Education and healthcare sector accounted for the maximum number of complaints
During the third quarter, complaints regarding surrogate advertising also picked up post the IPL
Between October and December, the Advertising Standards Council of India (ASCI) investigated 1885 complaints originating from 1,230 advertisements. On receipt of the communication from ASCI, 251 of these advertisements were withdrawn/ amended by the advertisers. From the remaining advertisements, ASCI’s independent Consumer Complaints Council (CCC) upheld complaints against 902 advertisements – 582 were from the education sector, 128 from healthcare, 64 from food and beverages, 25 from personal care, 99 from other categories and four that amounted to surrogate advertising; complaints against 77 advertisements were not upheld as these advertisements were not found to be in violation of the ASCI code.
Some of the themes that emerged during the quarter October-December were education (job guarantees, placements, among others) and healthcare (false claims about Covid-19 cures and preventions) advertising. Other complaints included those against brands issuing comparative advertisements while prominent cases against honey brands were also in the spotlight. During the third quarter, complaints regarding surrogate advertising also picked up post the IPL.
The third quarter of the financial year involved initiatives leading to positive impact on the industry and stakeholders, Manisha Kapoor, secretary general, ASCI, said. “The quarter recorded the highest numbers in terms of complaints processing, compared to the previous two quarters which were a direct outcome of the pandemic. We hope to continue this momentum in the year ahead,” she added. For instance, in October 2020, ASCI introduced the Covid-19 advisory for advertisers, to protect consumers from being misled during the pandemic. In November 2020, the body introduced guidelines for online gaming for “real-money winnings”, to protect audiences from risks associated with games involving real money. Early September, ASCI expanded its National Advertising Monitoring Service (NAMS) to add digital advertising to its suo motu screening; more than 3,000 digital platforms are being currently tracked.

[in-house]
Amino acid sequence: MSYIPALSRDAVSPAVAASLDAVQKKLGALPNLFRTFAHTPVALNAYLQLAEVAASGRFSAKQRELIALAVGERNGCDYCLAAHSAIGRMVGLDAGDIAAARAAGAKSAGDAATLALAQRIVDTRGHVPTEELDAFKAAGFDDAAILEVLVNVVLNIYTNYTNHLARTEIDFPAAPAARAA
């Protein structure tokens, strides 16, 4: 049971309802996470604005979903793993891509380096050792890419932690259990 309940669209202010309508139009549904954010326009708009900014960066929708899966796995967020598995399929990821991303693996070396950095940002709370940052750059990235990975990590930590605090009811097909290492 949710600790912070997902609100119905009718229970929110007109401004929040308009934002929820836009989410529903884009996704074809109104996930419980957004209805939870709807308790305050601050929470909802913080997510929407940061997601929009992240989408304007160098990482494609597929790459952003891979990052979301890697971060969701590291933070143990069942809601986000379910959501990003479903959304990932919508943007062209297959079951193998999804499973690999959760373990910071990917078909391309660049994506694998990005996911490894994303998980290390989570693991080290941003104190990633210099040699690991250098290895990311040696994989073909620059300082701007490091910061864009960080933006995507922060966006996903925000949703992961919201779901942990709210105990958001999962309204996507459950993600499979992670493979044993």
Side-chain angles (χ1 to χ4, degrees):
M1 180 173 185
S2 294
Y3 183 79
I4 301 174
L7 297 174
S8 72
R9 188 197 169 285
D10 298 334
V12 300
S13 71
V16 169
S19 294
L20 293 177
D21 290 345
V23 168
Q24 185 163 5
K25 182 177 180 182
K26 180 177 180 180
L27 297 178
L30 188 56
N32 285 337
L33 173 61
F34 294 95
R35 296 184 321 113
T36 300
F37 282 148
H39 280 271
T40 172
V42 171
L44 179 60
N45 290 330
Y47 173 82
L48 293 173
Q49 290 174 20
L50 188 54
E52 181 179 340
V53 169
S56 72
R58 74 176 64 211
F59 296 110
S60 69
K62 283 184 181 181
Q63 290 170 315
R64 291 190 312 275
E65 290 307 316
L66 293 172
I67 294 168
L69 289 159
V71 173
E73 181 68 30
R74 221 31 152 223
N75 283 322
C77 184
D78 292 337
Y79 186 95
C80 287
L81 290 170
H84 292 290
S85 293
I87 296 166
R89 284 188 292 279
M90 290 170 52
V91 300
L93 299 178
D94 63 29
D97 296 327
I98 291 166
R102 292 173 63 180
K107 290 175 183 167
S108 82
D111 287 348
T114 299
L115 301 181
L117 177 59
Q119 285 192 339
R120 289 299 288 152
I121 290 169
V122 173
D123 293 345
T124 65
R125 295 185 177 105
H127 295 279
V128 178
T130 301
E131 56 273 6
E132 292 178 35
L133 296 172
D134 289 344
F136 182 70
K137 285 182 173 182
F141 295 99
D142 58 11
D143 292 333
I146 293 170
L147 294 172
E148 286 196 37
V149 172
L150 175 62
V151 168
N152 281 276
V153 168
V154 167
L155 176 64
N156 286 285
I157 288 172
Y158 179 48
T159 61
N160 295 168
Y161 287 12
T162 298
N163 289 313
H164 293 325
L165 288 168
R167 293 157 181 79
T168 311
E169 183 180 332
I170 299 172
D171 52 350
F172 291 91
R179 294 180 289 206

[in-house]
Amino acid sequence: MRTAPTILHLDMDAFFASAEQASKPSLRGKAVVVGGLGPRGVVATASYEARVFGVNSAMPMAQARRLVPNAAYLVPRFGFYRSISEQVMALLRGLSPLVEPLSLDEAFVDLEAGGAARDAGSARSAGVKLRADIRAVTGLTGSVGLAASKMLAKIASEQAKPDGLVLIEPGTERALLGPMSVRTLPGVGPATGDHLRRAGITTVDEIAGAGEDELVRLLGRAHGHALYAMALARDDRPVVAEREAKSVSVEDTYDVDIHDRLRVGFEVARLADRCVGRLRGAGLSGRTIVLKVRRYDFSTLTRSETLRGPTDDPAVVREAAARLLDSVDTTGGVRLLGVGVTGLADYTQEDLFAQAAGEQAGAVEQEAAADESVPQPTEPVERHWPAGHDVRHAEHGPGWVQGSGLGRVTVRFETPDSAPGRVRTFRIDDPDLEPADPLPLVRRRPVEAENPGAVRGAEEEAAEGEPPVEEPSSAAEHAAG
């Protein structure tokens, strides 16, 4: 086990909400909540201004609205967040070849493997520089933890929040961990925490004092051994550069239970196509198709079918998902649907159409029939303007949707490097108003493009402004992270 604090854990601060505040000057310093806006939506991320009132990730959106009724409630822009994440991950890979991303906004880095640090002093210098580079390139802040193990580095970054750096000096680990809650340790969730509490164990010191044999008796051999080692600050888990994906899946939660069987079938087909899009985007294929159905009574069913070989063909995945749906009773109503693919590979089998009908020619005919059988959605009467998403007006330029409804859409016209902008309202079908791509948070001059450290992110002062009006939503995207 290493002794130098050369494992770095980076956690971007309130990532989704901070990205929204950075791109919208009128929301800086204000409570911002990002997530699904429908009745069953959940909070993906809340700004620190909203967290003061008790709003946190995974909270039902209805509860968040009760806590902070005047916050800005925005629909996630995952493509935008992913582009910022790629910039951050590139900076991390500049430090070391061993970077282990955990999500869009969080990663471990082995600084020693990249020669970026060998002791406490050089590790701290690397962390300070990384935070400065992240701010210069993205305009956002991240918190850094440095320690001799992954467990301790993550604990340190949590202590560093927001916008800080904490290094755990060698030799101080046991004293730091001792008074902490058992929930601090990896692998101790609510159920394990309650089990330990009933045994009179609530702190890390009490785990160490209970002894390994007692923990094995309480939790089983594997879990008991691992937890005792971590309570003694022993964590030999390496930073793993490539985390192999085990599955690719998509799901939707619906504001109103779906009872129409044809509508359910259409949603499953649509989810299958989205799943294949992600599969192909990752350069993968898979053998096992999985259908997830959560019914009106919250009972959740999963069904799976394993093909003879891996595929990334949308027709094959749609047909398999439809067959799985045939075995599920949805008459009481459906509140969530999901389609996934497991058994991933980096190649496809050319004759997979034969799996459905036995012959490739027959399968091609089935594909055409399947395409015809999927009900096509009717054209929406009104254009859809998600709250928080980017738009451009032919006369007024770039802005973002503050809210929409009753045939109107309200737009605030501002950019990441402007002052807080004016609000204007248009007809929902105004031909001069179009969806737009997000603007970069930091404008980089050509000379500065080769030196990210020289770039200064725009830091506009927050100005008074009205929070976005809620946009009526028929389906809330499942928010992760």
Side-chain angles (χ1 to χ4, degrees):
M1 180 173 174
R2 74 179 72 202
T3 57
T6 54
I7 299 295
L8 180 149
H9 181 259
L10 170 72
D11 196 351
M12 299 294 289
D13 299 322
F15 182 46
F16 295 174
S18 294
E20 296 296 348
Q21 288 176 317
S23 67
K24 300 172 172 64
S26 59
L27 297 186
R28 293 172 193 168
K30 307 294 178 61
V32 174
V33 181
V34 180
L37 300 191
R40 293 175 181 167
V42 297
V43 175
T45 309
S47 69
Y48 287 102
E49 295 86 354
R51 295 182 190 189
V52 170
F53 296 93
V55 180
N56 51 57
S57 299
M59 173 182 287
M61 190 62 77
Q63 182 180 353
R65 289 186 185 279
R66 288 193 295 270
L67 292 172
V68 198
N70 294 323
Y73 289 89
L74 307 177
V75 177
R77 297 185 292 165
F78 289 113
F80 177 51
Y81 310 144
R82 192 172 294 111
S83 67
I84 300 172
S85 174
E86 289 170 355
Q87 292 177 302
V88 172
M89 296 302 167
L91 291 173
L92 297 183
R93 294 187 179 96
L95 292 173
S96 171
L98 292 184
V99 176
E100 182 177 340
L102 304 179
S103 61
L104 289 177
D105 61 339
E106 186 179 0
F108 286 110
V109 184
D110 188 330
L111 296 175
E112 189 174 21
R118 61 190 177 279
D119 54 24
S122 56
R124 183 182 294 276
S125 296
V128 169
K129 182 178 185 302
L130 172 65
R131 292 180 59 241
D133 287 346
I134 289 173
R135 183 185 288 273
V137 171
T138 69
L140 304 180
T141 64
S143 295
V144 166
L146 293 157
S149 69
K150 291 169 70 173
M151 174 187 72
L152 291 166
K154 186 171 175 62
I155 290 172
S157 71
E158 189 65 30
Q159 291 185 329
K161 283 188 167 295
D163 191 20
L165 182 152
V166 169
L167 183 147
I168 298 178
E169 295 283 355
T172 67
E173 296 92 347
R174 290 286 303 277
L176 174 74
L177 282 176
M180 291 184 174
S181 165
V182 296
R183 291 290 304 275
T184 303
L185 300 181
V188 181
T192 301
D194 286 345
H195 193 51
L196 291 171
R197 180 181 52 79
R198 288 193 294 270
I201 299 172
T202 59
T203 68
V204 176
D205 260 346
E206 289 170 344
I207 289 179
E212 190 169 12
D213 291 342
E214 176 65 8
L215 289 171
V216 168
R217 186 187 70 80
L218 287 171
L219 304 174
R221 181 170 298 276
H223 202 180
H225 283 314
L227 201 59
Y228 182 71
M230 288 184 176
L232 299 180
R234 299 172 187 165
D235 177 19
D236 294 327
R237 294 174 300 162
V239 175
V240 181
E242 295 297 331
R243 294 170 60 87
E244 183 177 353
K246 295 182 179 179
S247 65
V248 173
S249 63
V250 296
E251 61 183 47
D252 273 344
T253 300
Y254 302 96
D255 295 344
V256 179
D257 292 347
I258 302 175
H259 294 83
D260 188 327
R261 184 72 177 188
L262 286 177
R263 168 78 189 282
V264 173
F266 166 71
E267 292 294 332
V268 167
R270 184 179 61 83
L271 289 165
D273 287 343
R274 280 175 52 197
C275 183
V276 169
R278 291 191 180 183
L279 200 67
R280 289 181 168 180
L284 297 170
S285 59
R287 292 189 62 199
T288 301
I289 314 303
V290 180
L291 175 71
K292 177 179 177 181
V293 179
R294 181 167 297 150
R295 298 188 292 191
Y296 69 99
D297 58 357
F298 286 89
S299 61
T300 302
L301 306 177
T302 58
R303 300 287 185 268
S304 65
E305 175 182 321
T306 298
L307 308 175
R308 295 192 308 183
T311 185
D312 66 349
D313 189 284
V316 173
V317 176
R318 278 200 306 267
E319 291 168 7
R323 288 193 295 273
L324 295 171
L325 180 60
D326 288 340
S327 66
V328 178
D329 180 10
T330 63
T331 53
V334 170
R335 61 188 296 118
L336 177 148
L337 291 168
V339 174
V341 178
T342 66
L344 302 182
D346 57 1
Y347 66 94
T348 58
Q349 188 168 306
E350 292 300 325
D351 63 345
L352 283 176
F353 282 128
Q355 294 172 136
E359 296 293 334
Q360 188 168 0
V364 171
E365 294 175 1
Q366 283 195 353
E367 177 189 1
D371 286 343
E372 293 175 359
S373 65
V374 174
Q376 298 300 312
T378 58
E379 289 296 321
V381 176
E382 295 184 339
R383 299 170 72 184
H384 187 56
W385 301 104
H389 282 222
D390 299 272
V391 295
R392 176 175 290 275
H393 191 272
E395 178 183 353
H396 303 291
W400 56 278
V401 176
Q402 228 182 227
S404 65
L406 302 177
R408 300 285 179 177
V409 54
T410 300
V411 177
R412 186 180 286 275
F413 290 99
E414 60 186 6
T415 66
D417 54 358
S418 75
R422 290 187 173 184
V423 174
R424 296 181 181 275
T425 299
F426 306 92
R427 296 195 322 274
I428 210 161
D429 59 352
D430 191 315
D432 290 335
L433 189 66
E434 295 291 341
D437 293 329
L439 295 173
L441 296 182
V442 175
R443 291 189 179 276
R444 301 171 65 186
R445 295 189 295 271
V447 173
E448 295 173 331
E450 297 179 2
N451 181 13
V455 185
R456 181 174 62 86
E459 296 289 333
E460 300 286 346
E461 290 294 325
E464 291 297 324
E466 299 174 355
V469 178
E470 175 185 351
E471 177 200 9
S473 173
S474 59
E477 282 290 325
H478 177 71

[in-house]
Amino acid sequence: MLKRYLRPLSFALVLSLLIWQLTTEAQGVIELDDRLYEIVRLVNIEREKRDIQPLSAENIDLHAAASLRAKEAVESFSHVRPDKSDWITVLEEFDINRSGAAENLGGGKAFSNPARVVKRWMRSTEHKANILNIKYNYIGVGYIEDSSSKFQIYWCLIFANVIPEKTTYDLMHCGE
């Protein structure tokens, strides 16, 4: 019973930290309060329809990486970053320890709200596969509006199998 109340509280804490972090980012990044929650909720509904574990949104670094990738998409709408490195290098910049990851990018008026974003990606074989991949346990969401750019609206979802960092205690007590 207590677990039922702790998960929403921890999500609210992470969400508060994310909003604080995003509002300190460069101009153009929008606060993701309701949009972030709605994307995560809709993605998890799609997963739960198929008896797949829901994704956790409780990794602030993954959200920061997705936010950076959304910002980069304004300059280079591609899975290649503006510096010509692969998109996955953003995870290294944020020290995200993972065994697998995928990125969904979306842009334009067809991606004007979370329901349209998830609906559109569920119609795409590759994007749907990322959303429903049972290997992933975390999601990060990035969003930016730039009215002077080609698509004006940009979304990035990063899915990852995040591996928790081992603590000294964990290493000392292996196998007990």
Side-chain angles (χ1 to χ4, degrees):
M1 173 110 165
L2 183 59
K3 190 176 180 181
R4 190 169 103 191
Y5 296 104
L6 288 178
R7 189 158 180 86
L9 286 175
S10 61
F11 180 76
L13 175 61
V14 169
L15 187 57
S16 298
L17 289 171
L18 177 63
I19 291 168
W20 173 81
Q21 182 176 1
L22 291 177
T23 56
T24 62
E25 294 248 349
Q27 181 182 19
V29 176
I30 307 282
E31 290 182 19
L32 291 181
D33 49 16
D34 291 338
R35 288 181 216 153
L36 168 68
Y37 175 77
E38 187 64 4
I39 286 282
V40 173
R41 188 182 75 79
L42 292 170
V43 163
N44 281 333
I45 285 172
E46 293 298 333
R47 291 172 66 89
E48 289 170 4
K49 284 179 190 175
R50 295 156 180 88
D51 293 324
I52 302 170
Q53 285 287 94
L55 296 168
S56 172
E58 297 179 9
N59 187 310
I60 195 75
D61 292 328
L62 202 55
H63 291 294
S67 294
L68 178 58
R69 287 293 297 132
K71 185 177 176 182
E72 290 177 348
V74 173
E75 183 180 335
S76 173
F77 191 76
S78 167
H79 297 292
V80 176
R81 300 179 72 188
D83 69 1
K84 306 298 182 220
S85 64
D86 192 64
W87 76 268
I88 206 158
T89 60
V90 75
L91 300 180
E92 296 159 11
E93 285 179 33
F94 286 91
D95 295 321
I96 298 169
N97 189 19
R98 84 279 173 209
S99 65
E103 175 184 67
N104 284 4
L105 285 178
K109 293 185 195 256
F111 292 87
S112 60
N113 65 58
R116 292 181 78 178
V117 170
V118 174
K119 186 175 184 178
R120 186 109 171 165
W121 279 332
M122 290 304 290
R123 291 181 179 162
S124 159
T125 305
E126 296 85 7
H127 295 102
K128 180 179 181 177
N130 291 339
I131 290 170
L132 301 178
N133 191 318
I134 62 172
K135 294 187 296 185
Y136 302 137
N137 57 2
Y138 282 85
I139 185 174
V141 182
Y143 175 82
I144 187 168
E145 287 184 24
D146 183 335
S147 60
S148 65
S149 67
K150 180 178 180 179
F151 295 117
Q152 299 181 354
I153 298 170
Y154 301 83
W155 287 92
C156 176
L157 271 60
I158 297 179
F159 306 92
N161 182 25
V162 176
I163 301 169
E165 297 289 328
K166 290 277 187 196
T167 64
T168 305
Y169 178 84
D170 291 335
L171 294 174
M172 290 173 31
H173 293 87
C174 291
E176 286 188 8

Overall, in 2020, ASCI looked into 6527 complaints that were registered against 3,315 advertisements, of which 2,357 were upheld. Education (1062) and healthcare (827) topped the list for the year as well. Some of the numbers for other categories, 117 food and beverage advertisements were complained, 63 against personal care, 17 violations of guidelines for brand extension, 22 against real estate, 10 against visa and immigration services and 239 against ads from other categories.